Wednesday, December 7, 2011

Mysterious ancient markings in Jerusalem

I'm just going to post this and let you draw your own conclusions: The Associated Press has posted a story titled, "Experts stumped by ancient Jerusalem markings."

As the man said: "Those who speak, do not know; those who know, do not speak."

Sunday, September 11, 2011

A Talk on Freemasonry for a General Audience:
Appearance at Masonic Hall NYC on Wednesday 9/14

The Renaissance Room, Masonic Hall, New York City
I do not often get the opportunity to speak about Freemasonry before a general audience, but I have such an opportunity coming up this week.

On Wednesday evening, September 14th, I will be speaking at Joseph Warren-Gothic Lodge No. 934 in New York City on the topic, “The Mysteries of Freemasonry (Some Assembly Required).” Masonic membership is not required to attend. This is an event for Masons and non-Masons, men and women. Admission is without charge; reservations are not required for the presentation itself. (Concerning after-presentation refreshment, see below.)

Topic: For centuries, rumor has had it that the Freemasons are in possession of deep mysteries. This is entirely true. In this presentation, I explain just what the true Masonic mysteries are. But be advised: these mysteries “require some assembly by the user,” as it were!

Place and Dress: The presentation will be held at Masonic Hall, 71 West 23rd Street, in Manhattan (very near to the corner of 6th Avenue). We shall meet in the magnificent Renaissance Room on the 6th Floor (shown above). Dress is either formal or business attire.

Time: Master Masons are welcome to attend the opening of Lodge at 7 p.m. The general audience will be admitted at 8 p.m.

Book Signing Opportunity: I will be signing my book, Freemasonry: An Introduction (Tarcher/Penguin, 2011) at this event. Should I run out of copies, I will take orders for signed copies that I shall mail to you.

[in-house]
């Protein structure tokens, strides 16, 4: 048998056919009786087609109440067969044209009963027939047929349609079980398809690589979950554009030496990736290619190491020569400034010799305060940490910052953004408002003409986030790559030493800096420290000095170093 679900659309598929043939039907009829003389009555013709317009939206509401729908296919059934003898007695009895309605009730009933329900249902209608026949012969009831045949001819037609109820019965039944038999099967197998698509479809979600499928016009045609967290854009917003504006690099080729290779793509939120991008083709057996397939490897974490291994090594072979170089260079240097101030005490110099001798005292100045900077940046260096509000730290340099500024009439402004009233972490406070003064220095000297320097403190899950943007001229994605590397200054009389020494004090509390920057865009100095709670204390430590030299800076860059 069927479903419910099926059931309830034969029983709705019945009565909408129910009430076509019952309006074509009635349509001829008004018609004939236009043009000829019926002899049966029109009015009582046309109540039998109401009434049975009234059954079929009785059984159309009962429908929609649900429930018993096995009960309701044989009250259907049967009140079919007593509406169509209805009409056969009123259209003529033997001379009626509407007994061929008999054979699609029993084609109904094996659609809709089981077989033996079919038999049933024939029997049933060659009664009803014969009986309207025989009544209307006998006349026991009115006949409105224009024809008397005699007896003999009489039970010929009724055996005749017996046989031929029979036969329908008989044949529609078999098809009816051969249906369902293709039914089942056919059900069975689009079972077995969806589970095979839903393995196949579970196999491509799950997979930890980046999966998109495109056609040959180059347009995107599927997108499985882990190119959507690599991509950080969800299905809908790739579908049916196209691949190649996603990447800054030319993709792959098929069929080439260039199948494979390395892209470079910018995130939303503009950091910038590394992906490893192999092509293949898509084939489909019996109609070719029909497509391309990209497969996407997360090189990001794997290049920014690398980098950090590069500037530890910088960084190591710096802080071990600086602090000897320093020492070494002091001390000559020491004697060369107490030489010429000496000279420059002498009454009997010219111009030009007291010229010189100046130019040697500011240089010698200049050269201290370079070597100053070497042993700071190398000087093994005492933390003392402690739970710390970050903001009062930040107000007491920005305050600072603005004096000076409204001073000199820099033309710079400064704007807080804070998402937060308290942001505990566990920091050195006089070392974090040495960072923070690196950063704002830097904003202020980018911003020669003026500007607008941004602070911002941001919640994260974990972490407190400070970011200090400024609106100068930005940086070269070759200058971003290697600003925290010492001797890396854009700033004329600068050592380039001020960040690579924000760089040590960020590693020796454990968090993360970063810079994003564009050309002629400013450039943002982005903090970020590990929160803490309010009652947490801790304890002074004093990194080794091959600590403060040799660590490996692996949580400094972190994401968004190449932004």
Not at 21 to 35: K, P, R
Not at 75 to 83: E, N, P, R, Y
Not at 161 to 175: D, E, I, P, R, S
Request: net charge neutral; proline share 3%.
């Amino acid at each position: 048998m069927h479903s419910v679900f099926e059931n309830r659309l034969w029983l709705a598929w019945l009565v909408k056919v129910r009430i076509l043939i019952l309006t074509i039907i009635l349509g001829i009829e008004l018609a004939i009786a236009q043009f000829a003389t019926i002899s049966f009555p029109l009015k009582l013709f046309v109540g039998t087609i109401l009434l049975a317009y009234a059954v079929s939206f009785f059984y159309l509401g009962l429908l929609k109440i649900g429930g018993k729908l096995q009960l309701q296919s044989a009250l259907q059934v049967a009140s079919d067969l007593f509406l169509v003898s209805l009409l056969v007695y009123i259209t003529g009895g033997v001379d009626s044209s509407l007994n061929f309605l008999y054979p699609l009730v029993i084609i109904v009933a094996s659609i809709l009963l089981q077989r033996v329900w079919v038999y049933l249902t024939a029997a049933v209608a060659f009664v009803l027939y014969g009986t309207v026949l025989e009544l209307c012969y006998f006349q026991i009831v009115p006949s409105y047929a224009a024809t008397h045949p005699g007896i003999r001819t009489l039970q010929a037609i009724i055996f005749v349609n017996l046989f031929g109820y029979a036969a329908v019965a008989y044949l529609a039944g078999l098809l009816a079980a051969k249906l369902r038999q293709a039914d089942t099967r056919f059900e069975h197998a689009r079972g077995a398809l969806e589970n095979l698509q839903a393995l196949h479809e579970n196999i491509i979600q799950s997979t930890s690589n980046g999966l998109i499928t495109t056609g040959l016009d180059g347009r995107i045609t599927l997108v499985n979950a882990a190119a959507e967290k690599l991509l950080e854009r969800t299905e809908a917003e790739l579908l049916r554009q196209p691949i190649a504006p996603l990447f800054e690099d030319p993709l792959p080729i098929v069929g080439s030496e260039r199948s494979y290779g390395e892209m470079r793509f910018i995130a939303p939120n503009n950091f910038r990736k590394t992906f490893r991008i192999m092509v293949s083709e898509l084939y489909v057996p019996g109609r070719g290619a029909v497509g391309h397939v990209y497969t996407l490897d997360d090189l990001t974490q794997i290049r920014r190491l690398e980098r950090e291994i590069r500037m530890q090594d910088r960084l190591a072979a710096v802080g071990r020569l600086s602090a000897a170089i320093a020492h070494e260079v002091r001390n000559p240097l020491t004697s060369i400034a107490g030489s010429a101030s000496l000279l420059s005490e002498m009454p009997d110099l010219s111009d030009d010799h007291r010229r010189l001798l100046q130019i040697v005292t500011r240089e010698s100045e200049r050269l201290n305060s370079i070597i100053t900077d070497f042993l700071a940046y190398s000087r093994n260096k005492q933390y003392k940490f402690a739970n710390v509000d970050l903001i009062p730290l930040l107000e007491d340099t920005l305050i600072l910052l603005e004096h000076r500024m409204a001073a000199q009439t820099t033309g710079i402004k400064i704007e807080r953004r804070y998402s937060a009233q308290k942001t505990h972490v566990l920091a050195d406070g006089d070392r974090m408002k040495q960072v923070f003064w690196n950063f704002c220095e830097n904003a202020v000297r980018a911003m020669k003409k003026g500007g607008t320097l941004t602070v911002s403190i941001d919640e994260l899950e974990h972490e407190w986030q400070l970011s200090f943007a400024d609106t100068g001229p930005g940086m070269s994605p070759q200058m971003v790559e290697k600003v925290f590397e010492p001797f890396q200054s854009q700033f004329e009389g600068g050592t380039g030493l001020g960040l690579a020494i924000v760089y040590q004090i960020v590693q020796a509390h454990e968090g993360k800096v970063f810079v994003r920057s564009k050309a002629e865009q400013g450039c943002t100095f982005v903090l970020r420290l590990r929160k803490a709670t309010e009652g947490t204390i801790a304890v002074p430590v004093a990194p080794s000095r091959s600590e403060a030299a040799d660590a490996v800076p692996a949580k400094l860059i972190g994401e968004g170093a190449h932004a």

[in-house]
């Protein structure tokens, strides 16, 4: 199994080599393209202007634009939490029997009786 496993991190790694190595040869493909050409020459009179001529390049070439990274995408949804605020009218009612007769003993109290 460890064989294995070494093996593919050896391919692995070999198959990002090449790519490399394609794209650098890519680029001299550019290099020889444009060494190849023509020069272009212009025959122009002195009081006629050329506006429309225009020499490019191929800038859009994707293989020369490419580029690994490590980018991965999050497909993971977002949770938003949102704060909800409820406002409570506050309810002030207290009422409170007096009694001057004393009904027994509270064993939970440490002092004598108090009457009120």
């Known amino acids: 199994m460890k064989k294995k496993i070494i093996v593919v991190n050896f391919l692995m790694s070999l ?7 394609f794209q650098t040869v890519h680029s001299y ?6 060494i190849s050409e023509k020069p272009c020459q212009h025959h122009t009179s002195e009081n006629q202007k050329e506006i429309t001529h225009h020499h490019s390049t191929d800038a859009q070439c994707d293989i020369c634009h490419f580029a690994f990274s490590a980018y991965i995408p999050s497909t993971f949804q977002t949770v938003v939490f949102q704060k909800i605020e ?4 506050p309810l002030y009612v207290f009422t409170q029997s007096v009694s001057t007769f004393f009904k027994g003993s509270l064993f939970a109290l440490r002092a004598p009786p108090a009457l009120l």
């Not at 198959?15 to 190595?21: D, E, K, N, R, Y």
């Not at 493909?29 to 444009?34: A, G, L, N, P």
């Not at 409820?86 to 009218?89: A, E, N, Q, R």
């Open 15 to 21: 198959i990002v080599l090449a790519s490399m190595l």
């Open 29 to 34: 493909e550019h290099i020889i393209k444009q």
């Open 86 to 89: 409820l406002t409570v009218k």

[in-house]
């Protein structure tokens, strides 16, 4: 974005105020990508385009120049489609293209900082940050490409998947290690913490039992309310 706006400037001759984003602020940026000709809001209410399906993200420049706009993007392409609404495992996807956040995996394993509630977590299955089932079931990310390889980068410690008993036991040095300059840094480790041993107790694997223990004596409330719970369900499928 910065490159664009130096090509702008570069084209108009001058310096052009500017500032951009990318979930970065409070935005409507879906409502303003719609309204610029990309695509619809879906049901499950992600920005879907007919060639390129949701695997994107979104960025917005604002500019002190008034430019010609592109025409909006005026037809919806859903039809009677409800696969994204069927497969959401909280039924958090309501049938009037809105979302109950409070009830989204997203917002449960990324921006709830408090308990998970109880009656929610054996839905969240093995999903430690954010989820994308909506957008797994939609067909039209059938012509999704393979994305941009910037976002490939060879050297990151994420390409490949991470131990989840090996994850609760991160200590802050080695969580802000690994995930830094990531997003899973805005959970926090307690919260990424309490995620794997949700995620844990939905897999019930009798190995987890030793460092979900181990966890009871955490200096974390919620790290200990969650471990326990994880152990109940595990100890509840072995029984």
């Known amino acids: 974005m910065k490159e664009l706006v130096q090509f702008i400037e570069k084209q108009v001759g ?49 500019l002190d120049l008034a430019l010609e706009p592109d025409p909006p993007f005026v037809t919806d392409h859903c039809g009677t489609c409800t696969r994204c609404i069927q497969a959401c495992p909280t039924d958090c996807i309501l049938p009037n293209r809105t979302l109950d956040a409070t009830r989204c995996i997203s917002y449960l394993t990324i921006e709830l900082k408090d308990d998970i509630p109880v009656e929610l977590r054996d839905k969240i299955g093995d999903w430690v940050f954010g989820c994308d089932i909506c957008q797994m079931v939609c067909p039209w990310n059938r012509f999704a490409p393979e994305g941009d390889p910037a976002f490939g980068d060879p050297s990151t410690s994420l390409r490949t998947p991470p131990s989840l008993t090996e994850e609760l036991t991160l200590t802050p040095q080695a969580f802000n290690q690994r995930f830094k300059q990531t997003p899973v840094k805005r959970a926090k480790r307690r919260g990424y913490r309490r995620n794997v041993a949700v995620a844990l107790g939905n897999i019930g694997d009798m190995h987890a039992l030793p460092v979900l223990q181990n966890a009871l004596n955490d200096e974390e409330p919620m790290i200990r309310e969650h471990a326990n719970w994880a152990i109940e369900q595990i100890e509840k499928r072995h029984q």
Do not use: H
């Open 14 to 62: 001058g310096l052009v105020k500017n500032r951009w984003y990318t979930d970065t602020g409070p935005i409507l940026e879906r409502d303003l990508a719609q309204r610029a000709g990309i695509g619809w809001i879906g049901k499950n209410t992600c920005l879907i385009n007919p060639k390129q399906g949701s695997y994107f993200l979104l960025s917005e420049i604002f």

Collation: After the presentation, all and sundry adults are welcome to attend what Masons call “collation”—refreshment—which includes a catered meal and refreshment (including alcoholic beverages for those who imbibe). Collation will be held after the presentation at the dining room on the second floor of Masonic Hall. The cost is $25, all-inclusive. Attendance at collation requires reservations. Reservations may be made by e-mail sent to ; please be sure to mention the number of people in your party.

I hope to see readers of this blog at the event. Be well.

Copyright 2011 Mark E. Koltko-Rivera. All Rights Reserved.

Thursday, August 18, 2011

"Of Masons and Mormons": This Week on the Worldwide Exemplification of Freemasonry

For over 150 years, there has been contention about whether the Mormon temple ceremonies were essentially stolen from the Craft degrees of Freemasonry. As it happens, I am a Latter-day Saint, or “Mormon”; of course, long-time readers of this blog are well-aware that I am a Mason, as well. Being intimately familiar both with the Craft degrees and the Mormon temple ceremonies, I have some thoughts on this matter. I shall be presenting those thoughts as a streaming video on the Worldwide Exemplification of Freemasonry website ( this Saturday, August 20, at 8 p.m. Eastern. Thereafter, the hourlong presentation will be available through the Video tab on the WEOFM website, at least through the end of 2015.

I have wanted to address the controversy on this issue in a productive way for many years. I am very grateful to the Worldwide Exemplification of Freemasonry, and its current master, Brother Albert McClelland, for giving me this opportunity to present my thoughts. My presentation is respectful to both traditions; this is not an expose of either. This is not a “talking head” show, either; I have included hundreds of photos and illustrations.

I am looking into publishing an expanded version of this presentation through an on-demand publisher. Watch this space for more details. In the meantime, enjoy the video presentation.

Monday, May 9, 2011

Masons Spreading Light—Literally—in India

Light is a central symbol within Freemasonry. Metaphorically, the progress of a Mason through Masonry’s degrees of initiation is a journey to light. Masons also hold dear such values as relief, and service to the community. The Grand Lodge of India is combining these aspects of symbolic Masonry, by spending resources to bring electrification and light to villages throughout India.